Lets say for the sake of example that factor1 is beta and factor2 is volatility. If you had an market hypothesis that a low volatility, high beta portfolio would generate alpha, this would only work if the individual factors are also predictive enough on their own to survive being averaged together? In other words, if a beta factor generates no return and a volatility factor generates no return, then it's impossible that a linearly combined "low volatility, high beta" factor will generate a return?

For some reason I've always assumed that novel combinations of factors could produce alpha not present in the individual factors. Just trying to wrap my head around this one.

@Mike --

combined_factor = (  
    SimpleMovingAverage(inputs=[factor1.zscore()], window_length=5)  
    + SimpleMovingAverage(inputs=[factor2.zscore()], window_length=10)  

But it seems like that's the type of thing they're discouraging. Just submit them as two separate algorithms.

@Mike: If you apply a moving average to the 5-day factor it will have the effect of the subportfolios. Viridian Hawk provided the right code.

@Viridian: Not necessarily. The key point is the style of the factor, that should be somewhat "pure" (it will never be completely even with non-additive combinations). But combining factors of similar styles together is a great way to make your factor more robust. For example, you could have the same factor idea but with 3 different look-back windows. Combining those three (likely very correlated ones) together could very well increase the robustness of your final factor, but it's not something we are looking to do necessarily. We are mostly looking for factors that are uncorrelated to each other, but in order to get a good sense of the actual correlation the factors need to be "pure". For example, say we have an estimates and an insiders factor. Then you take those very same factors and combine them. To us that might look uncorrelated to what we already have while it's actually just more of the same.

Also, I changed my language from earlier to talk about additive vs non-additive, because technically interactions (multiplicative) is still linear.

For some reason I've always assumed that novel combinations of factors could produce alpha not present in the individual factors. Just trying to wrap my head around this one.

No, that's a key point: If you just combine two things additively together there is no alpha in that combination, the only improvement comes from diversification. But with access to all algorithms it's much more effective for us to pick the most diversifying algorithms than it is for you. And once you do it we can't undo it.

the only improvement comes from diversification

I think noise-cancellation is another improvement:

Factor 1 weights:

TSLA 0.10  
AAPL -0.90

Factor 2 weights:

AAPL 0.90  
OSTK -0.10

Combined (Factor 1 + Factor 2) weights (normalized):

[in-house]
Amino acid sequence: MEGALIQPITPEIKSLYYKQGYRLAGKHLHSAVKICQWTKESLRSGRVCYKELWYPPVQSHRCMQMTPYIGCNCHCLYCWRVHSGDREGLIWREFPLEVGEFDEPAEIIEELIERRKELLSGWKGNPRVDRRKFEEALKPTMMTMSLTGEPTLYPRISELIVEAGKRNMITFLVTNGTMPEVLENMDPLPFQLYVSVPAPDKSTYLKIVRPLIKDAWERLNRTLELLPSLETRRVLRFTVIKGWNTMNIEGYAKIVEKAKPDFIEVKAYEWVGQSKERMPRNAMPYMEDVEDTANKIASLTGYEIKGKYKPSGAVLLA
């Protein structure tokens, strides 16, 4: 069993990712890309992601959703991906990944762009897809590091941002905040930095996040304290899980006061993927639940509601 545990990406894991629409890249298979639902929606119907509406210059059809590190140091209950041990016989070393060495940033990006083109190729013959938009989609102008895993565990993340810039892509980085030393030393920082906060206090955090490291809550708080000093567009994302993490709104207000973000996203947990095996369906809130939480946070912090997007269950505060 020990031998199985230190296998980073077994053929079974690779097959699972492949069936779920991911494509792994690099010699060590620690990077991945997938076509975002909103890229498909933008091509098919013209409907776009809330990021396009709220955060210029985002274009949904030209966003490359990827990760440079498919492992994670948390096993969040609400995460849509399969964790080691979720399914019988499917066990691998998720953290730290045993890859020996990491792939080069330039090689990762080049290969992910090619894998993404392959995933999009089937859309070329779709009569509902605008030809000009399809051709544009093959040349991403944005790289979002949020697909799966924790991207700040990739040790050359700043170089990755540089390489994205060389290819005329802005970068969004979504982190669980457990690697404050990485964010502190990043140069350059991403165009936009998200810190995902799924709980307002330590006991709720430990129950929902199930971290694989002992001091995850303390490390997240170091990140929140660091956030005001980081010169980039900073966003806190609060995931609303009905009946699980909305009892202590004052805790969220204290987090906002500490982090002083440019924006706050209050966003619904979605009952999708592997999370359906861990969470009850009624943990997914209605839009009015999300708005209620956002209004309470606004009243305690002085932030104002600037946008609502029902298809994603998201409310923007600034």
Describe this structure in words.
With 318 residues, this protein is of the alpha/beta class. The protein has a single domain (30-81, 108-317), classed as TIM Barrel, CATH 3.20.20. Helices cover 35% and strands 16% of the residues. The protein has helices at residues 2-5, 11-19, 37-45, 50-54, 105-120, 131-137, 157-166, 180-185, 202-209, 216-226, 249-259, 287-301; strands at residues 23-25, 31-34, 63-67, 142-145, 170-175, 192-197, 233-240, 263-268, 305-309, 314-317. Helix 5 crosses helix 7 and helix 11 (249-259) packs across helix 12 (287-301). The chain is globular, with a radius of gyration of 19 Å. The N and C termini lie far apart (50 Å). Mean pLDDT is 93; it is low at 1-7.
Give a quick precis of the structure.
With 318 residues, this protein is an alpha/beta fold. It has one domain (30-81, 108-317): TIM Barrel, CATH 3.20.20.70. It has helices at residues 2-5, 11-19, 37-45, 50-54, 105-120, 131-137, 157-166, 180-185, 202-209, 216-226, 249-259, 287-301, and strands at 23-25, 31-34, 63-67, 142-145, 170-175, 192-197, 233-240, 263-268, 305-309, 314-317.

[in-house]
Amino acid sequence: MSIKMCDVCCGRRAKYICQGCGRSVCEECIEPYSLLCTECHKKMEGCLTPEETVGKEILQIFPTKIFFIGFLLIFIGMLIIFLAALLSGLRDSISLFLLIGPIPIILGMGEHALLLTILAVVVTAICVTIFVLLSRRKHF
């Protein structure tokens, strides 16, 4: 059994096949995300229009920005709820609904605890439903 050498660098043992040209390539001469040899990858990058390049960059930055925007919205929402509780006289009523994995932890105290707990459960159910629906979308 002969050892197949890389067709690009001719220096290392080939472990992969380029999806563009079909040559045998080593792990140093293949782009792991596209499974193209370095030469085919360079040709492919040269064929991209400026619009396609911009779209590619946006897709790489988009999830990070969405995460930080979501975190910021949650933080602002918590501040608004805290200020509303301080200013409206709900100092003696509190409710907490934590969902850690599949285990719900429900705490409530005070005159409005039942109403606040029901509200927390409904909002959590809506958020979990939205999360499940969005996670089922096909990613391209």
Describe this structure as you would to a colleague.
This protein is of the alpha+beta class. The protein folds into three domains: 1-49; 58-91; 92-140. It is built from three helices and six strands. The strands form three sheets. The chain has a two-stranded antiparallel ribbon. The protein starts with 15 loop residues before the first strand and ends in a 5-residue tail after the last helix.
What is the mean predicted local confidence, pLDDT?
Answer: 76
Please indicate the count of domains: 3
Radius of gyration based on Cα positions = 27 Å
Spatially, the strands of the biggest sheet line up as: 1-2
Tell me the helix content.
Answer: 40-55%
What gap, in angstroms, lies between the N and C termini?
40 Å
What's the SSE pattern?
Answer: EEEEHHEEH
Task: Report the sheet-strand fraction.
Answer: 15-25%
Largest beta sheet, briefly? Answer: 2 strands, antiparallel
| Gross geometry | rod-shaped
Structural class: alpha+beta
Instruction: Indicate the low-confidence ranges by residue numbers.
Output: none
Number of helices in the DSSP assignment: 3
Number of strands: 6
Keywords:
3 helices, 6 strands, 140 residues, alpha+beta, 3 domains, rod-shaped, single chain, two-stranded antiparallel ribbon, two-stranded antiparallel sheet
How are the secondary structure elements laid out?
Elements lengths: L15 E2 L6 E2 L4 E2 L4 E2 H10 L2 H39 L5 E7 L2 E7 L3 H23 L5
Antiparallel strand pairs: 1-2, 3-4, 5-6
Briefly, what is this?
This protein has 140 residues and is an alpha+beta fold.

TSLA 0.5  
OSTK -0.5


TSLA +12%  
AAPL -0%  
OSTK -10%

Combined Factor Performance:

Factor 1: +1.2%  
Factor 2: +1%  
Combined factor: +11%  

So, you mean you can never generate more alpha by combining factors in an additive way like this?

    factors = make_factors()  
    combined_alpha = None  
    for name, (f,w) in factors.items():  
        if combined_alpha == None:  
            combined_alpha = w*f(mask=universe)  
            combined_alpha += w*f(mask=universe)

# make factors would create different CustomFactors and each one would be normalized inside the compute function.  
# we assume weight (w) is 1 for all factors  

I guess neither multiplying then? I'm not sure I'm understanding it properly.

I was actually asking something similar in this post

Thanks in advance.

@Marc: Correct, the only benefit you get from addition/averaging will be due to diversification. Multiplication, however, can provide alpha beyond that as it's possible that you have two factors that by themselves don't have alpha but once you multiply them they actually become predictive. For example, a factor where only if two indicators are both either positive or negative, the stock goes up, but if they disagree (one positive, the other negative), the stock goes down. You can't infer anything about the stock using only one of the two indicators, they are dependent on each other.

Hi @Thomas,

I understand then that you would multiply before zscoring or normalizing right? Otherwise you would end up messing with the signs...


@Marc: No, you want the sign flip like in the example I outlined so you want to do the multiplication after z-scoring.

@Thomas, wouldn’t this be dangerously close to data mining and data snooping? I would find it difficult to rationalise (after having looked at the stats) why two factors that aren’t predictive on their own, but when multiplied together (and sign flipped) the product is all of a sudden predictive. That to me sounds like I’m just ‘torturing the data long enough to make it comply.’

@Joakim: Yes, thanks for pointing that out, I would definitely not advise doing this without a strong economic rational. I think there could be legit cases where an interaction effect could be at play, however. But yes, not advising doing this blindly on any old unpredictive set of factors.